2021 Leadership Development Survey: The Times They are a Changing…

And so are some leadership development trends and best practices in response to tremendous challenges in the last year.

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It is an understatement to say that the events of the last year have affected almost every aspect of life in both expected and unexpected ways—and this includes leadership development actions and trends.

In this year’s 2021 Annual Leadership Development Survey Report for Training magazine, we highlight the changes that have occurred over the last five years, with a particular focus on the profound effects the events of this past year have had on leadership development. The results shine light on how leadership development responds to current events, as well as what remains consistent and stable through times of change.


For the fifth consecutive year, Training magazine and Wilson Learning Worldwide Inc. partnered to conduct a survey focused on what organizations are doing to create effective leaders. This year, more than 750 Learning and Development (L&D) professionals responded to the survey—the largest response rate in the survey’s five-year history, suggesting that industry professionals had an even greater interest in sharing their leadership development views this year. This provides us with a total database of more than 3,000 responses for all Eve years.

Overall, the training and development expenditure per employee showed a significant jump compared to the previous year. In 2020, companies spent $176 per employee, on average; in 2019, this figure was $147. This is still lower than the peak in 2018 of $194 but continues a steady trend in the upward direction. (Note: Organizations were asked to indicate spending over the last 12 months; thus, this 2021 survey presented results for 2020 investments.)

However, this increase in overall training investment did not translate to greater investment in leadership development, which is probably due to the impact of the COVID-19 pandemic. Almost half (48 percent) of respondents indicated that their spending decreased significantly, while only 13 percent indicated that they spent more than planned.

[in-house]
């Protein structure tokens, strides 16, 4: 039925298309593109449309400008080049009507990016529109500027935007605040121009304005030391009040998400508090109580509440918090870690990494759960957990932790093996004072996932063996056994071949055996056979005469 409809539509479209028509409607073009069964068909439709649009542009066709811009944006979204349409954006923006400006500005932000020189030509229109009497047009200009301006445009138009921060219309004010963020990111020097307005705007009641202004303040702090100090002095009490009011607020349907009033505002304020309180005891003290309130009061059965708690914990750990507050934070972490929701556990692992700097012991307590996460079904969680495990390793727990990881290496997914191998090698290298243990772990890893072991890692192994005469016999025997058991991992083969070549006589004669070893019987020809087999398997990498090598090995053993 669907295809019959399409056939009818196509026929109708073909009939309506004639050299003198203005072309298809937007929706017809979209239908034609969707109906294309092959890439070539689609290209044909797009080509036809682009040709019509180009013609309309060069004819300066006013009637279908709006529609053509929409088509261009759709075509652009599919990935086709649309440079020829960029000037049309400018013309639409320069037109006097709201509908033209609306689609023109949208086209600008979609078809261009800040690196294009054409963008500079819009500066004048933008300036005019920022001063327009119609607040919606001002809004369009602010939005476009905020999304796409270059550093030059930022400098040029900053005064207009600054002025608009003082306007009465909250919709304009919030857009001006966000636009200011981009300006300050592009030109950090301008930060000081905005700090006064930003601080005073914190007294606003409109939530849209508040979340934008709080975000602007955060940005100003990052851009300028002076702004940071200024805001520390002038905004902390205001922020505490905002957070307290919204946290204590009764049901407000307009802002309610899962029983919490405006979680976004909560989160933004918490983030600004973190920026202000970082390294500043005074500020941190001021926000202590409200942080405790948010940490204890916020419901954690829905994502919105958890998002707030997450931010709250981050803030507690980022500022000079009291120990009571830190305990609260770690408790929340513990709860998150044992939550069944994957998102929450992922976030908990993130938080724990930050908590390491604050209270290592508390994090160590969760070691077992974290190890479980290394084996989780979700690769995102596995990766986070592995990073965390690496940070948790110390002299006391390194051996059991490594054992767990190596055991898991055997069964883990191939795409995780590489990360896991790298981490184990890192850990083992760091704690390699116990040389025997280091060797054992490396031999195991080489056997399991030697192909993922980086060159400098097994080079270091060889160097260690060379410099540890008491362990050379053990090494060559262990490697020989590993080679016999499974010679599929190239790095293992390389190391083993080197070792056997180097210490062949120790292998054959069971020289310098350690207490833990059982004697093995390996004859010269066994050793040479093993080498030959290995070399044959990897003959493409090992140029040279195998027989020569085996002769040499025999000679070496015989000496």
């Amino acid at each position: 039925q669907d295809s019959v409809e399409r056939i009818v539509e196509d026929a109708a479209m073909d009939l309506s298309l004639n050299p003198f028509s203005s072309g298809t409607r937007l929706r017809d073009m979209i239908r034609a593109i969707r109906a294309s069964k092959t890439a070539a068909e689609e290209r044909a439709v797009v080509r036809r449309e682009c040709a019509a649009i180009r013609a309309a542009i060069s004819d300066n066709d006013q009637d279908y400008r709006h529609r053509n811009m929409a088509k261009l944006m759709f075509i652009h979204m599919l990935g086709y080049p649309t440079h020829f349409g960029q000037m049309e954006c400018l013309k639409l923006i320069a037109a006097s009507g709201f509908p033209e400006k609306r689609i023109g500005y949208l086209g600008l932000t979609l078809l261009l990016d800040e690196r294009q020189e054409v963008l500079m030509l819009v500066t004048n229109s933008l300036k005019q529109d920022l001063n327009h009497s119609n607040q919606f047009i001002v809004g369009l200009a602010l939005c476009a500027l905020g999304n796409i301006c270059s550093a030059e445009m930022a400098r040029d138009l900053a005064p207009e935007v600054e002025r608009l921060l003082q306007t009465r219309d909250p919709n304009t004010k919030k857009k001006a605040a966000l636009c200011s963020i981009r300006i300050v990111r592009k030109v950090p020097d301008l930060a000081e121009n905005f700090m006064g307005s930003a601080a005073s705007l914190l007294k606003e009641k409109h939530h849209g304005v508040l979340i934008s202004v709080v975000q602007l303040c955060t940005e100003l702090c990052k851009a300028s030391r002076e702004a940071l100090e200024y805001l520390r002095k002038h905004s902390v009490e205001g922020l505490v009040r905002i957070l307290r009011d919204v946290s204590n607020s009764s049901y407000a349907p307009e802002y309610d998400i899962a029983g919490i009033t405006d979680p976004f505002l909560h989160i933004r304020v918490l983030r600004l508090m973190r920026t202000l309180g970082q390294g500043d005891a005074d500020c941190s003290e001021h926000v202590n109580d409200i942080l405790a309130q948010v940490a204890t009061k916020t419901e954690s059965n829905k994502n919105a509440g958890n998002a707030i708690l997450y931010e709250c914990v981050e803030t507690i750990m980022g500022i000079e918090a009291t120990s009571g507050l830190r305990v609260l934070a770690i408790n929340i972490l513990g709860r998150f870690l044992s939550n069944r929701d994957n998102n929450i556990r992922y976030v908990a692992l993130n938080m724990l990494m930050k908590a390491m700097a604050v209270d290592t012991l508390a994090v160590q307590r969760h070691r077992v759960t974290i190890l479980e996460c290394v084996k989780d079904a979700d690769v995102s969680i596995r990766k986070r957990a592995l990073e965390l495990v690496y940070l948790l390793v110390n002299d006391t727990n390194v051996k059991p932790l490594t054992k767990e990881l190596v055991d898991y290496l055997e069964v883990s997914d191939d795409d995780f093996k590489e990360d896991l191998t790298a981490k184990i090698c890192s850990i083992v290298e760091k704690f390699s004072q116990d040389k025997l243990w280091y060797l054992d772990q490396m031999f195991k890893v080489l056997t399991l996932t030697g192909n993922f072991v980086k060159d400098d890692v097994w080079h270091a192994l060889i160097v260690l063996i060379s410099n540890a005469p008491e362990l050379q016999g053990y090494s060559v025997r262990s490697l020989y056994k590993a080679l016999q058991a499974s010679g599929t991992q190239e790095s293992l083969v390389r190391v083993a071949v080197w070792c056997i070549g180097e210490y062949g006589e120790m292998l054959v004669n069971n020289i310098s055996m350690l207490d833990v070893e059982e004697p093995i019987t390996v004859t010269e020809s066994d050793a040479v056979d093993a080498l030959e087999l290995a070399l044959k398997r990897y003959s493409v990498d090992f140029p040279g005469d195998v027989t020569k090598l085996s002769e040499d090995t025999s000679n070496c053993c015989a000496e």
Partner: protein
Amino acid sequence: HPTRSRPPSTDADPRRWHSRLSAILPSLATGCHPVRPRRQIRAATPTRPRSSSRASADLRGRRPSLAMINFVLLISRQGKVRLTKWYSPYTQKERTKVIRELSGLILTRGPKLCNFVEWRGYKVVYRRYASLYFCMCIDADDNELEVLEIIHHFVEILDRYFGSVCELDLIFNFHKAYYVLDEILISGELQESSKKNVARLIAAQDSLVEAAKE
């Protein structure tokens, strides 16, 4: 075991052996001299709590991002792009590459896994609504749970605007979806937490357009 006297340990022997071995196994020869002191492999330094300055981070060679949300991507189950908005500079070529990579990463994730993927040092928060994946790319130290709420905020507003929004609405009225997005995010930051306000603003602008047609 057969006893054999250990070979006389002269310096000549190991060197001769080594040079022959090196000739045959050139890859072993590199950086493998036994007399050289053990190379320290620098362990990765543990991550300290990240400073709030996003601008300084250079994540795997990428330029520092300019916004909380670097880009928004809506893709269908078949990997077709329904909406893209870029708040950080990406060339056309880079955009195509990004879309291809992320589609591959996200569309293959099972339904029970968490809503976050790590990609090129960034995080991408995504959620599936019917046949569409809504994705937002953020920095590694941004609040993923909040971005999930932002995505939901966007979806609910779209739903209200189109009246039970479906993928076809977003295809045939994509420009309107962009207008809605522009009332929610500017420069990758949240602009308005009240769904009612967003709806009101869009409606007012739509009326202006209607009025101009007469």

Overall, approximately 25 percent of total training investment went to leadership development, below the peak investment of 30 percent in 2017. There was an increase in the percentage of organizations spending 11-20 percent and 21-30 percent on leadership development.

Respondent comments suggest the decrease in leadership development investment was at least partly due to the diversion of funds toward efforts to redesign learning for more remote/ virtual learning during the pandemic, when face-to- face learning was not possible.


Organizations also are not anticipating as much of an increase in leadership development budgets. While the percentage of organizations indicating budgets will remain the same in the next 12 months has stayed steady over the years at approximately 38 percent, the percentage anticipating an increase shrunk from a high of 58 percent to a low of 38 percent this year. The number anticipating a decrease grew from approximately 5 percent in 2017 to a high of 15 percent this year.